ARTA's Planned TRIP ID Card Offers Another Option to Industry

ARTA's naming of industry veteran Bruce Bishins to direct its TRIP agent identification program once again raises questions about the cost-effectiveness and value of agency ID cards, and whether a new ID card and accreditation system might be needed. ARTA's Travel Retailer Identification Program, or TRIP, calls for the creation of an industry-managed nonprofit corporation to establish a "more effective and useful system of proving recognition and credentials to accredited travel retailers." This would produce a new ID card that could challenge CLIA and IATA cards.

In addition to the ID card, TRIP--which was formed a year ago--offers a Accredited Travel Retailer (ATR) designation for non-ARC, non-BSP reporting agencies. Both elements of TRIP are based on the "highest standards of travel industry experience," ARTA said. This includes education, business organization and finance.

It is not yet known whether ARTA's initiative will gain widespread support from travel agents, host agencies or suppliers, or what impact a new system might have on IATA and CLIA. Furthermore, questions remain unanswered about how much the system will cost, who will pay for it and the technology it requires. Equally serious are questions about TRIP's relevance to the new dynamics of retail distribution, increasingly dominated by independent agents who work part time, and whether TRIP can do anything to check the growth of card mills or multi-level marketing plans that many travel agents are hostile to.

"TRIP will set rigorous, but attainable, benchmarks to assure that legitimate sellers of travel are recognized by all sectors of the travel industry and that traveler sellers will be better positioned to allocate marketing resources earmarked for the travel agency community," ARTA said.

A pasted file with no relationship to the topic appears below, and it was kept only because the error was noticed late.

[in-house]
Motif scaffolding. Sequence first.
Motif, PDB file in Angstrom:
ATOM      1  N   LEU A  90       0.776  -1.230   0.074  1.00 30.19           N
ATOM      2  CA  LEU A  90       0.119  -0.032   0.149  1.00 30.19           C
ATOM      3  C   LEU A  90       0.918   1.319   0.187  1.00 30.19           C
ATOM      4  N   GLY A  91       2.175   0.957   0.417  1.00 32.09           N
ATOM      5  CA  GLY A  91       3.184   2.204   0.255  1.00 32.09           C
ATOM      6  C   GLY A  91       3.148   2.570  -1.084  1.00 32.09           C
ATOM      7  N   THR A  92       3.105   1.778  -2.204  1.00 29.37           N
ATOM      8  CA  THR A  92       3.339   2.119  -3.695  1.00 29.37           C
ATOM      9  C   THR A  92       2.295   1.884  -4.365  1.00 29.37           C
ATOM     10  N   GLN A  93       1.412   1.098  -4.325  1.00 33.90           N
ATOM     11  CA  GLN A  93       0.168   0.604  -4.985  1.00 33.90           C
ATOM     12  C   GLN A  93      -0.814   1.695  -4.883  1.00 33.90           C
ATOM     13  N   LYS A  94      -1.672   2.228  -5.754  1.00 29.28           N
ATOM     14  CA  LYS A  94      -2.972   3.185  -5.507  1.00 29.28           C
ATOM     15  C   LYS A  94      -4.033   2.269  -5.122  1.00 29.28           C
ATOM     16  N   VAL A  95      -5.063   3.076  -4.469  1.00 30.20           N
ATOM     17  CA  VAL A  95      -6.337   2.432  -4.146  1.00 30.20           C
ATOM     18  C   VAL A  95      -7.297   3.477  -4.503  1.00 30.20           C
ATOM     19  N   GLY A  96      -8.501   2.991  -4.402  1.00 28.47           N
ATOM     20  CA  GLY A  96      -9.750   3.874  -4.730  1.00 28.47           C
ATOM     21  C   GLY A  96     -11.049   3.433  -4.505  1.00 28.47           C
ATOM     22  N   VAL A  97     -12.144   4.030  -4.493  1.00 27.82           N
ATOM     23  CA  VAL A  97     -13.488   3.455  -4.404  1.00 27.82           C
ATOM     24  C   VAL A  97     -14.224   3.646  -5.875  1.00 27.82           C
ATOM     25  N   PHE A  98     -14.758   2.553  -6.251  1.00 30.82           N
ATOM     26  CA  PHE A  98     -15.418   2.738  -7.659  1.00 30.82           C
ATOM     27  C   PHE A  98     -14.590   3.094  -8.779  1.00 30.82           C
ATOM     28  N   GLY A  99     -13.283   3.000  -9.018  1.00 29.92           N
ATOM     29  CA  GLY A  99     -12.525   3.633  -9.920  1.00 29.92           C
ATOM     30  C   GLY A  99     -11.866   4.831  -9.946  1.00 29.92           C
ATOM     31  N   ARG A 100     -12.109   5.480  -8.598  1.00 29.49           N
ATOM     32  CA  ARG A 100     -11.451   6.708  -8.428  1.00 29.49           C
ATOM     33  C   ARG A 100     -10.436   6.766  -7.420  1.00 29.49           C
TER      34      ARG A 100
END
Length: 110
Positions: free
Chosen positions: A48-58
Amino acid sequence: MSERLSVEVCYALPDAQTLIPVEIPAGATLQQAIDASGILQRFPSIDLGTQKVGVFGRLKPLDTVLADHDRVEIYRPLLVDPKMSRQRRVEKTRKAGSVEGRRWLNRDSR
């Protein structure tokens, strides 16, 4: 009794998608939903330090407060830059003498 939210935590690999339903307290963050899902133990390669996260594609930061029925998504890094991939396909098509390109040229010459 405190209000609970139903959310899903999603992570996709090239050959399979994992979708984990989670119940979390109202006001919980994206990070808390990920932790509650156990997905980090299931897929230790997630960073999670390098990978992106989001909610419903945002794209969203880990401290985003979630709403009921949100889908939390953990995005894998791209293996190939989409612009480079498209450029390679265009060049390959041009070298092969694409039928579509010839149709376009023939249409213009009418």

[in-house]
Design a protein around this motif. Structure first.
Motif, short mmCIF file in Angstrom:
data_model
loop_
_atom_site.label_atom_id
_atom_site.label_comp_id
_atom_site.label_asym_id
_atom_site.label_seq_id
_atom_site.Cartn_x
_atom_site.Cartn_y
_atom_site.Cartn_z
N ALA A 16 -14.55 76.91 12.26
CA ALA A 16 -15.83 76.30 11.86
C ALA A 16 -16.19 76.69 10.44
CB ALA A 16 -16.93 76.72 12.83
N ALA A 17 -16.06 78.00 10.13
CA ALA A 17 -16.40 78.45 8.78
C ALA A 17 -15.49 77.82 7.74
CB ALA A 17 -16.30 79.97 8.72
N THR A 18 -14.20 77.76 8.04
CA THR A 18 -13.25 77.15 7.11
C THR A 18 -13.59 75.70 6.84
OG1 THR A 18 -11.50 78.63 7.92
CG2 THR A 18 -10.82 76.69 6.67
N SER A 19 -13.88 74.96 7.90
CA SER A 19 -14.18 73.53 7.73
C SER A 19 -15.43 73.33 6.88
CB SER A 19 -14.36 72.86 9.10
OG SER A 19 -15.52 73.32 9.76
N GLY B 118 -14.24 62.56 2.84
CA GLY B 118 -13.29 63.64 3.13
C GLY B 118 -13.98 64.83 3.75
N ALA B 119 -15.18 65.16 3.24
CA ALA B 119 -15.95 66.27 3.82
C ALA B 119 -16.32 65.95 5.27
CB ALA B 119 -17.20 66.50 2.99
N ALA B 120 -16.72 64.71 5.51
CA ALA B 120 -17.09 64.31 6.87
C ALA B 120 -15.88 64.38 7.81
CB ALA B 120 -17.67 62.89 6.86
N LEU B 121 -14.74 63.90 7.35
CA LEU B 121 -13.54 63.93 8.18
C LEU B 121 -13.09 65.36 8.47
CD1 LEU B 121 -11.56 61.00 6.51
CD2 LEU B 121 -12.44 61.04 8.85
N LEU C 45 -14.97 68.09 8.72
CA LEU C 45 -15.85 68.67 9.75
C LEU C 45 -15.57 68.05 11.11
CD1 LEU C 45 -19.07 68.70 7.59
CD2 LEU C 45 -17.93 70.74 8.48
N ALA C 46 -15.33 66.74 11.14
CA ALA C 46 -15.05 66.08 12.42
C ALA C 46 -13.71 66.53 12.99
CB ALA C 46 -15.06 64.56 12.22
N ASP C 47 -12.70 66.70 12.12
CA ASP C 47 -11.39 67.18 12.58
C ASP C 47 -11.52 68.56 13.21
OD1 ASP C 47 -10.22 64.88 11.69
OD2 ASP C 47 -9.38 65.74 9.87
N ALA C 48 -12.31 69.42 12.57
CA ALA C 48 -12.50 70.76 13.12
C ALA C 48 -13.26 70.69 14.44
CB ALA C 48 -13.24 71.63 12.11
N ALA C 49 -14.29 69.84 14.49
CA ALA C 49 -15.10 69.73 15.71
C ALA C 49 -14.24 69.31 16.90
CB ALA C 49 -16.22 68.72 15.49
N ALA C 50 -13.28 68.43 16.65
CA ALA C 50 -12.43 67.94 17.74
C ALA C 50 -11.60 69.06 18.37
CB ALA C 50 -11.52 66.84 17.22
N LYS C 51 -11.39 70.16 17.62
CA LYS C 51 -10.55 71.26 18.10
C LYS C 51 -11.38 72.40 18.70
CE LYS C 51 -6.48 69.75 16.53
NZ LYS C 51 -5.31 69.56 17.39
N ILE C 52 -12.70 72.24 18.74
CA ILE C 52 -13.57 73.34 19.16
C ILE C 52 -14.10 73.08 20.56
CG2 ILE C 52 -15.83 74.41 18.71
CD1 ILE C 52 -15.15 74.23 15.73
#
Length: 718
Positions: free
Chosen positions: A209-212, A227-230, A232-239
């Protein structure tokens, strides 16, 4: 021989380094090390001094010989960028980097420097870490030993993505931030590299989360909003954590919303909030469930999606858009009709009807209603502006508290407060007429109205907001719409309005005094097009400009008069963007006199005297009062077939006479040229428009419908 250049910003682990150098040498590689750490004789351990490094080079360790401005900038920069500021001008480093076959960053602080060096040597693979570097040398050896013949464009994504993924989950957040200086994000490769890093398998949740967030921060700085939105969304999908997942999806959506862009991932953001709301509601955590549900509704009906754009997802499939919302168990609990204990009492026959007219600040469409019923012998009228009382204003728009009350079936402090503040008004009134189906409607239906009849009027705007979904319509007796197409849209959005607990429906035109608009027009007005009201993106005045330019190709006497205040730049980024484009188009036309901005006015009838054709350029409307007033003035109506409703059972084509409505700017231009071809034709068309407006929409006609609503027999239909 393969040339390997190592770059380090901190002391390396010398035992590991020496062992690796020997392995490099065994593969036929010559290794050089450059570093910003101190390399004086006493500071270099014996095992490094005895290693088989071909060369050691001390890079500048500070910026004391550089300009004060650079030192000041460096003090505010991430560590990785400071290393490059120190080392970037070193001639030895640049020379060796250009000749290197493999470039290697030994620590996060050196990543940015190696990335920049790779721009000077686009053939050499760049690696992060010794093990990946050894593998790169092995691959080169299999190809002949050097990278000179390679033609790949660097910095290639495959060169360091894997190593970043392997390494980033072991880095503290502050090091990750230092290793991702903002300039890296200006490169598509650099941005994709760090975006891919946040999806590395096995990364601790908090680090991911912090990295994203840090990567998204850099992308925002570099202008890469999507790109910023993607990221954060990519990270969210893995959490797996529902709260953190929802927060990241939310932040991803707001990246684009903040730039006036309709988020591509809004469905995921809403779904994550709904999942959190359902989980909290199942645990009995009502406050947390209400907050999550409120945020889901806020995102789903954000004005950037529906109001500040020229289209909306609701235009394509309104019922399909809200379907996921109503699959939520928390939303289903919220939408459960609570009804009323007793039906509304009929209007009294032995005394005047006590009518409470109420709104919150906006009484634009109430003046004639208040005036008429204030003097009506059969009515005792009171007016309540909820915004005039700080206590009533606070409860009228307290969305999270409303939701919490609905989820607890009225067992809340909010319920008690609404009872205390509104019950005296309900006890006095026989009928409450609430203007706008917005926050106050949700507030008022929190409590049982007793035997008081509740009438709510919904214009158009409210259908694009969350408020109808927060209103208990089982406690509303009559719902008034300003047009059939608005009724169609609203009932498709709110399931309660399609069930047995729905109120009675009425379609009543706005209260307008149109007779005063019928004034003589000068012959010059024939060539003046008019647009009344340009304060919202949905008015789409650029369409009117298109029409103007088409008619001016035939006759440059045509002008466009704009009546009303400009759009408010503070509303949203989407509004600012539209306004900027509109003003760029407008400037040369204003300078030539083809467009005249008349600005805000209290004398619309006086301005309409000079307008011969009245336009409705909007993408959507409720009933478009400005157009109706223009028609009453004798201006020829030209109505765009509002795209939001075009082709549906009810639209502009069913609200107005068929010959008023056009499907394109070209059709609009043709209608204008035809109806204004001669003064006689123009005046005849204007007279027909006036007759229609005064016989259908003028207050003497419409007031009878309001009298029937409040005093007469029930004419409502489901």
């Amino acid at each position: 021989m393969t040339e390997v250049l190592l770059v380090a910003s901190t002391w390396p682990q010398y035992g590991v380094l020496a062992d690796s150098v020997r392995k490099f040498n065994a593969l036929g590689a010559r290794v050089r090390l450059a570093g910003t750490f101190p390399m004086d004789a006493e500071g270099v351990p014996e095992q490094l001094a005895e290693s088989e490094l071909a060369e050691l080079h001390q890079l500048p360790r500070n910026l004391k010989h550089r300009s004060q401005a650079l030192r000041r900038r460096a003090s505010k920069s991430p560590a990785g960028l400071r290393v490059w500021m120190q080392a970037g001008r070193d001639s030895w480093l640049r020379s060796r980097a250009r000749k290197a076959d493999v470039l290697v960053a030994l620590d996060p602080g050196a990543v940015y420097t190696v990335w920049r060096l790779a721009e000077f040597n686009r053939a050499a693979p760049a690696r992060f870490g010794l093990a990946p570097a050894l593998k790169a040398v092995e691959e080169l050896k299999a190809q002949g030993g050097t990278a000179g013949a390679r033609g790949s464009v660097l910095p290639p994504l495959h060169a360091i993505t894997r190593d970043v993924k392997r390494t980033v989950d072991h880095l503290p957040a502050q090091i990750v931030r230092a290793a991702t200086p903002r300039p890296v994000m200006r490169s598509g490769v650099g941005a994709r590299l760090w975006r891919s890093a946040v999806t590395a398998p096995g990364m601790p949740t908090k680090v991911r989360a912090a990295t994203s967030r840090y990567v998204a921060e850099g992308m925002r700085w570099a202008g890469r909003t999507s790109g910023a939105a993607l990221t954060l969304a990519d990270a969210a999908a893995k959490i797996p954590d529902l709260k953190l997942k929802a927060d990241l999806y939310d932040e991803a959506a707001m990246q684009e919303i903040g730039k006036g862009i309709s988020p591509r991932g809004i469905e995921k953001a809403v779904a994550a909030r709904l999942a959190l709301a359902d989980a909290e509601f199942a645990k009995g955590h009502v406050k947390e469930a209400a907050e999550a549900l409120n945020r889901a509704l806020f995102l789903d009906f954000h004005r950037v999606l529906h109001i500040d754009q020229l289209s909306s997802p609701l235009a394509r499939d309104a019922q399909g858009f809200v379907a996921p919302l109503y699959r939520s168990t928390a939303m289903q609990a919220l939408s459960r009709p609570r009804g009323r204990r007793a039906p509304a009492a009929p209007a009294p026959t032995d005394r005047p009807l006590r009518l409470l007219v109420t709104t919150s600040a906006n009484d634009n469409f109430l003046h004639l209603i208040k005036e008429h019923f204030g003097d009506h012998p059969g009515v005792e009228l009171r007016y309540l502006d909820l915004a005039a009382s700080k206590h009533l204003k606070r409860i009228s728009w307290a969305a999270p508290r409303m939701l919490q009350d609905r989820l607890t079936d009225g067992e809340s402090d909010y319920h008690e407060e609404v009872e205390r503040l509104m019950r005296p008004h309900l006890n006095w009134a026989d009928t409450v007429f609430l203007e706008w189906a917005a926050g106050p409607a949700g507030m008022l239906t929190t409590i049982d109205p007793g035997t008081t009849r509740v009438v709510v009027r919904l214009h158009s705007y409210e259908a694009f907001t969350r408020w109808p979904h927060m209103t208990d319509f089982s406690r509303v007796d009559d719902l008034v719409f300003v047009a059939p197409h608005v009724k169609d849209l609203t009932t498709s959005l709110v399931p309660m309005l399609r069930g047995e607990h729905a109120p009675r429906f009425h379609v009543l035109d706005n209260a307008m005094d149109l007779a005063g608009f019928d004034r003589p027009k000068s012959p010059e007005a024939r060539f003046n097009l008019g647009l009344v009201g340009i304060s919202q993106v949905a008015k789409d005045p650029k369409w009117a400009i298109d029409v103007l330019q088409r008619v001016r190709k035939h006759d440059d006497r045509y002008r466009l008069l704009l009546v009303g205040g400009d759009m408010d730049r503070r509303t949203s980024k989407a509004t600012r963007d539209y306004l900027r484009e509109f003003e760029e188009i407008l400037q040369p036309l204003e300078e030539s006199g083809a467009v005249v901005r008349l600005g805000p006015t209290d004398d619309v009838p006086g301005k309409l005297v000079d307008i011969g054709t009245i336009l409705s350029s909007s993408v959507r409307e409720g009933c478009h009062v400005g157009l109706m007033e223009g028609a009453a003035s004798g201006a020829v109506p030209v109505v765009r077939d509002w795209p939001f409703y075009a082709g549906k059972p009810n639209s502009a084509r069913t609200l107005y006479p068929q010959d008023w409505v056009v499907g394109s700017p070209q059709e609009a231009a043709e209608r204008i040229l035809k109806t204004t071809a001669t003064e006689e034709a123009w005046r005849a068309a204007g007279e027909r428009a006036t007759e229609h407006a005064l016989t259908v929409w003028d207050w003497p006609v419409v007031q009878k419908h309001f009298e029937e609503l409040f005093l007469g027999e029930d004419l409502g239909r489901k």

Fred Miller, the highly respected vice president of travel industry relations for Marriott International, supports ARTA's TRIP initiative. "Marriott has long desired revamping and strengthening the accreditation and credentials system to better identify legitimate travel retailers in a very crowded and oft-blurred travel agency distribution channel," Miller said in a statement. "We've looked at TRIP carefully and have given our input. With the right leadership and follow-through, TRIP has the potential of becoming the definitive program to address these issues and bring resolution to our concerns. Bruce is a very capable, knowledgeable and experienced individual, and we have every confidence he is the right man to take the TRIP initiative forward."

ARTA chairman Barry Richcreek said. "Much has happened in our industry regarding card mills, MLMs and travel agent accreditation," he said. "After a year of fine-tuning TRIP, we're ready to hand off a solid program to TRIP's incoming board. This will assure the industry of a workable, efficient and meaningful travel retailer credentials system."

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